I'd have expected to see the same profile had WOTLK been the original game, TBC been the 2nd expansion and Vanilla been the 3rd expansion (i.e. reversed).

To me that graph reflects exactly what I would expect to see from any product when it approaches saturation.

It could be explained another way (note that is no more or less likely to be true than your theory):

By the end of TBC pretty much anyone that liked MMORPG's and the fantasy genre had heard of WoW, tried WoW or were playing WoW.

The only area of growth was for Blizzard to move mass market and start enticing a wider audience outside of the usual MMORPG stereotypes. They went for the non traditional gaming groups that the console makers have so successfully courted recently (Mr T and Ozzy adverts). These new players offset the churn of the original players who had grown out of the game so you didn't see much further expansion. No one plays for ever and the Vanilla boys were starting to drop off regardless. Blizzard did well to maintain subscription levels.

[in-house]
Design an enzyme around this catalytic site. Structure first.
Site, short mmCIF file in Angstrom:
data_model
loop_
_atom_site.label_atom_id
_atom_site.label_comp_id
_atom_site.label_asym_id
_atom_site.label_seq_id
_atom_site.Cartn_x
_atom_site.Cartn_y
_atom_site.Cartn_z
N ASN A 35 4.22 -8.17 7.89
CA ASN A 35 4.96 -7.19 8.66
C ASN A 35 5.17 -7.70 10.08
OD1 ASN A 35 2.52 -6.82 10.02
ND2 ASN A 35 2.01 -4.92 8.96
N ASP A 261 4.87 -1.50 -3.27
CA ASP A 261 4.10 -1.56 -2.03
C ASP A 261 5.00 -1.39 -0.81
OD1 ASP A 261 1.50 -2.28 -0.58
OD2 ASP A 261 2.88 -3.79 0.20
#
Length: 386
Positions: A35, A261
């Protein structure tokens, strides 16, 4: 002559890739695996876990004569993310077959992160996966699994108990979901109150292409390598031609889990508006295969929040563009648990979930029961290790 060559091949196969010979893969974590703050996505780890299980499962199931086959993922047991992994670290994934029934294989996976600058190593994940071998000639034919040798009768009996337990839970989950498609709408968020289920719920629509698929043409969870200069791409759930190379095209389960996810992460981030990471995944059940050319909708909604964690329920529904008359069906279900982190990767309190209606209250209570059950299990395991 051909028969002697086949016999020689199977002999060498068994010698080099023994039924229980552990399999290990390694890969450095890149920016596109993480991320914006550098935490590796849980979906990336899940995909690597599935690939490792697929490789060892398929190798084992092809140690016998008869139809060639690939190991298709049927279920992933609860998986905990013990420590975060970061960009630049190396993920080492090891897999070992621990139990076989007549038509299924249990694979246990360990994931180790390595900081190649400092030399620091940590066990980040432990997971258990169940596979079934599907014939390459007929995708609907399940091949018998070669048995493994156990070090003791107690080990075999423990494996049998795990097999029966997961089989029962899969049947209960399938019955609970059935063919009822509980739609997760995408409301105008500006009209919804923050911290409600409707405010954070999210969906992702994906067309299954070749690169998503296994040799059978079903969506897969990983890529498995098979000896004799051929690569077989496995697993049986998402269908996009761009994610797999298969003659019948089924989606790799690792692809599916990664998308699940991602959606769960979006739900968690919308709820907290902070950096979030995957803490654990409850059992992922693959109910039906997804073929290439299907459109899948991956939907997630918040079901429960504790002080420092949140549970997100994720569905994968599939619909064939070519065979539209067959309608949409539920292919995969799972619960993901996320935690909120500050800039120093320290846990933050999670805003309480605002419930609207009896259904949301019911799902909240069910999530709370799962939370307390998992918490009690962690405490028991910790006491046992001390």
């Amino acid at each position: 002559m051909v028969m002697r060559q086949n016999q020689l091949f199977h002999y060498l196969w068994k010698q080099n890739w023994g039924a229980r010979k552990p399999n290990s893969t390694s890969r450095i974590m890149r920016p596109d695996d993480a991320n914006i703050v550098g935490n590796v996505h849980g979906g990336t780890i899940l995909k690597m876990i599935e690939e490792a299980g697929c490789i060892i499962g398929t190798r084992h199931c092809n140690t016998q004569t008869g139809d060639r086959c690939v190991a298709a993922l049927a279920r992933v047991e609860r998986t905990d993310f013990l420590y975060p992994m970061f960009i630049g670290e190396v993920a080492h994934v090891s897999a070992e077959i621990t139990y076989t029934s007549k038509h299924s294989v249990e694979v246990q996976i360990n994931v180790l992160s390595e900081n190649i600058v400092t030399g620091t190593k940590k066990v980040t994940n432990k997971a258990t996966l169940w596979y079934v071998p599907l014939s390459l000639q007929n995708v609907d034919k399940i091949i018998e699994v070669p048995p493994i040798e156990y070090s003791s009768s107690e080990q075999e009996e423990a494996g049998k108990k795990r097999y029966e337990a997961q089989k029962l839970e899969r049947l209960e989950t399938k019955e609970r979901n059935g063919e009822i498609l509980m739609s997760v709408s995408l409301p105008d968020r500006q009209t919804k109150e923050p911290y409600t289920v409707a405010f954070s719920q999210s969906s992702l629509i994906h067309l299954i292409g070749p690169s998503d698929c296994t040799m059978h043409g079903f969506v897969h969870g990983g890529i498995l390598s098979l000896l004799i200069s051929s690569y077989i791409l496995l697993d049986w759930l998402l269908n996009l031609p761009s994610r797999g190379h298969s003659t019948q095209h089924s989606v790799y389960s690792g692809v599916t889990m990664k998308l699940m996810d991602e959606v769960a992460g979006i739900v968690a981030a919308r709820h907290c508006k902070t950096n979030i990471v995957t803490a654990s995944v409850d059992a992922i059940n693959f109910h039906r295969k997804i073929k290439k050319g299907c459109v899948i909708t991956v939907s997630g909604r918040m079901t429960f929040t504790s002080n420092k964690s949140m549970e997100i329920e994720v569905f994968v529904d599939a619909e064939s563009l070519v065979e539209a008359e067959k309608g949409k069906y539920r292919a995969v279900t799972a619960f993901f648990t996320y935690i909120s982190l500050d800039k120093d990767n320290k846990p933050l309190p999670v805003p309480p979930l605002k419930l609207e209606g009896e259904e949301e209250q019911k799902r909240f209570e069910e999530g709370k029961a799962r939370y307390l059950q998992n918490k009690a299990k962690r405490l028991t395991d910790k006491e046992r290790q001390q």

All they did with Cataclysm is start reverting back to the TBC forumula. At that point it was only logical that the game would drop below late TBC numbers due to the loss of Vanilla players and the new demographics for which the game no longer was targetted.

As I say though that is no more likely to be correct than your theory. The one thing we do know and that you should remember at all times Mr Gevlon is this:

"correlation does not imply causation."

E.g. Looking at those graphs I think it is obvious that the decline in WoW has been caused by Swine Flu (remember that?). I mean it is obvious! The timing says it all!

You get the point!

Have written the above I just noticed Azuriel had pretty much said most of it but as I've wasted so much time writing this I will post it anyway!

stubborn said...

Very interesting analysis. I particularly appreciate that you defined each category of gamer in one place (I'm sure you'd done it before, but perhaps more spread out).